Mon. May 29th, 2023

The tiny, secluded ring of islands known as Bikini Atoll was the site of 23 nuclear explosions carried out by the United States between 1946 and 1958.

U.S. military leaders started preparing future nuclear weapons tests in November 1945, just a few months after atomic bombs were dropped on the Japanese cities of Hiroshima and Nagasaki at the close of World War II. They initially chose to conduct a detonation in a remote area that probably not many Americans were even aware existed.

Bikini Atoll, a small group of coral islands in the center of the Pacific Ocean with a total area of just two square miles, was once a part of the larger Marshall Islands chain.

According to an assessment by the Natural Resources Defense Council, Bikini atoll satisfied the requirements of the military. It was under American control, far from any maritime lines, but just a thousand miles from a base where bombers might launch. Furthermore, Navy ships, including those that would be utilized as targets, had a safe port in the lagoon that the atoll ringed. And the military could only remove a very small portion of the population—167 people, according to one estimate.

Commodore Ben H. Wyatt, the military administrator of the Marshall Islands, visited Bikini Atoll in February 1946 and spoke with a group of locals to inform them that they would have to evacuate, at least temporarily. For the Good of Mankind, Jack Niedenthal's 2001 account of the Bikini Atoll, states that Wyatt informed them that the tests were required to avert further wars. The locals responded in a perplexed and depressed manner. King Juda, their commander, finally rose to his feet and said, "We will go, believing that everything is in God's hands."

The little atoll would quickly rise to fame, earning a swimsuit's name from a French fashion designer. It would rank among the most well-known locations on earth. At Bikini Atoll, the US exploded 23 nuclear weapons, including 20 hydrogen bombs, between 1946 and 1958. One of these was the Castle Bravo H-bomb test on March 1, 1954, which had a yield of 15 megatons and was 1,000 times more potent than the nuclear bomb that obliterated Nagasaki in 1945.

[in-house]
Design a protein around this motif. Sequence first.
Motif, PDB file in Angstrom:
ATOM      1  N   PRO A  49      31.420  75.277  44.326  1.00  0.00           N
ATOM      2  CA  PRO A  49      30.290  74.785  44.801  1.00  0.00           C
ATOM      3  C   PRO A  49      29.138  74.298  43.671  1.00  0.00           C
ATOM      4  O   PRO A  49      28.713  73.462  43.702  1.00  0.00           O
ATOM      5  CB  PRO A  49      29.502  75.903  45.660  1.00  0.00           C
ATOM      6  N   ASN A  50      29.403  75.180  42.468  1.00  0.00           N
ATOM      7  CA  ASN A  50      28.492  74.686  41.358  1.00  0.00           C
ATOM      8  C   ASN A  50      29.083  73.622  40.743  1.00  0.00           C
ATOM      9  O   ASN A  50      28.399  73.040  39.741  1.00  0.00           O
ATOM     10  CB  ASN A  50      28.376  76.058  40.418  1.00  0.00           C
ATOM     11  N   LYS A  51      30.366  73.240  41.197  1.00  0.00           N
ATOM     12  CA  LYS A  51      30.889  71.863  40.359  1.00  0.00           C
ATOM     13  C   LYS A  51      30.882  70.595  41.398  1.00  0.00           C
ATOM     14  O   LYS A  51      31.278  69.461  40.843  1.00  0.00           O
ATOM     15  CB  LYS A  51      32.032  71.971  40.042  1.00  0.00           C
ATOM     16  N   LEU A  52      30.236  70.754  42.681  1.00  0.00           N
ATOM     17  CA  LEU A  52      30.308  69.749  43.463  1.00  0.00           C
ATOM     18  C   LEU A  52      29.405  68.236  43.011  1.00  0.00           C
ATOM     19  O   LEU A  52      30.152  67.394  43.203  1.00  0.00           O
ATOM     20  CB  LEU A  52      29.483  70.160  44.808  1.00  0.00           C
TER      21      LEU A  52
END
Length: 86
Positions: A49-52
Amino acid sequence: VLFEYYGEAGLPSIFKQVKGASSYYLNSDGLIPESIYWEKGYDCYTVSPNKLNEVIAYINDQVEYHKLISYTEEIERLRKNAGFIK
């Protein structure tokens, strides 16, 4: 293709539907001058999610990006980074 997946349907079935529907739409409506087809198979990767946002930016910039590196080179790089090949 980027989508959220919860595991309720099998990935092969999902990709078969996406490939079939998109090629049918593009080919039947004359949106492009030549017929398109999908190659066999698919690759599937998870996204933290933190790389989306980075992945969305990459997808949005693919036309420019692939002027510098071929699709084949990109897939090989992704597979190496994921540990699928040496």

Here are seven interesting facts regarding the Bikini Atoll nuclear experiments.

1.Bikini Atoll's first atomic bomb misses its target

Operation Crossroads, a project to look at the effects of nuclear bombs on Navy vessels, was chosen to take place at the atoll. Test Able was conducted on July 1 of that year. With laboratory animals—pigs, goats, and mice—on board, a target fleet of 95 ships was stationed in the lagoon of Bikini Atoll so that researchers could examine the potential effects of radiation on ship crews. Another 150 ships from the backup fleet retreated to a position 10 nautical miles away from the atoll and waited.

According to a report from the Atomic Heritage Foundation, a B-29 bomber overflew the lagoon at nine in the morning and dropped an atomic bomb. The bomb burst 520 feet below the surface and missed the target ship in the center of the lagoon by 1,500 to 2,000 feet. Only five of the ships were sunk by the bomb, but a third of the lab animals perished as a result of the blast's force and radiation.

2. The Second Atomic Bomb Test at Bikini Atoll Created a Tsunami

The American military tried a different strategy in Test Baker on July 25, 1946, detonating a bomb 90 feet under the lagoon's surface. The Atomic Heritage Foundation claims that it was the first nuclear bomb test conducted underwater and that it produced a variety of astonishing occurrences. A huge bubble of hot gas was created by the explosion, and it simultaneously grew up and down.

It carved a 30-foot-deep and 2,000-foot-wide crater in the sea floor near the bottom. It broke through like a geyser on the surface, forming a massive dome of water that eventually grew to be over a mile tall. The explosion produced a tsunami with a 94-foot-high wave that was so strong that it lifted the 27,000-ton ship Arkansas. Many of the target ships were covered with radioactive debris when the ocean surge surged over them. A report from the U.S. Navy claims that eight of the ships were sunk.

3. Although they observed the tests, the Soviets weren't impressed.

According to Richard Rhodes' 1995 book Dark Sun: The Making of the Hydrogen Bomb, the U.S. permitted foreign observers at the tests, and Lavrentiy Pavlovich Beria—who oversaw both the Soviet atomic program and the secret police of the Stalin regime—sent a scientist and a geologist.

They evidently weren't impressed. According to the National Security Archive, one of the observers, Simon Peter Alexandrov, who was in charge of uranium for the Soviet Union's own nuclear program, told a U.S. scientist there that if the test's goal was to frighten the Soviets, it hadn't succeeded because the Soviets had bombers that could reach U.S. cities.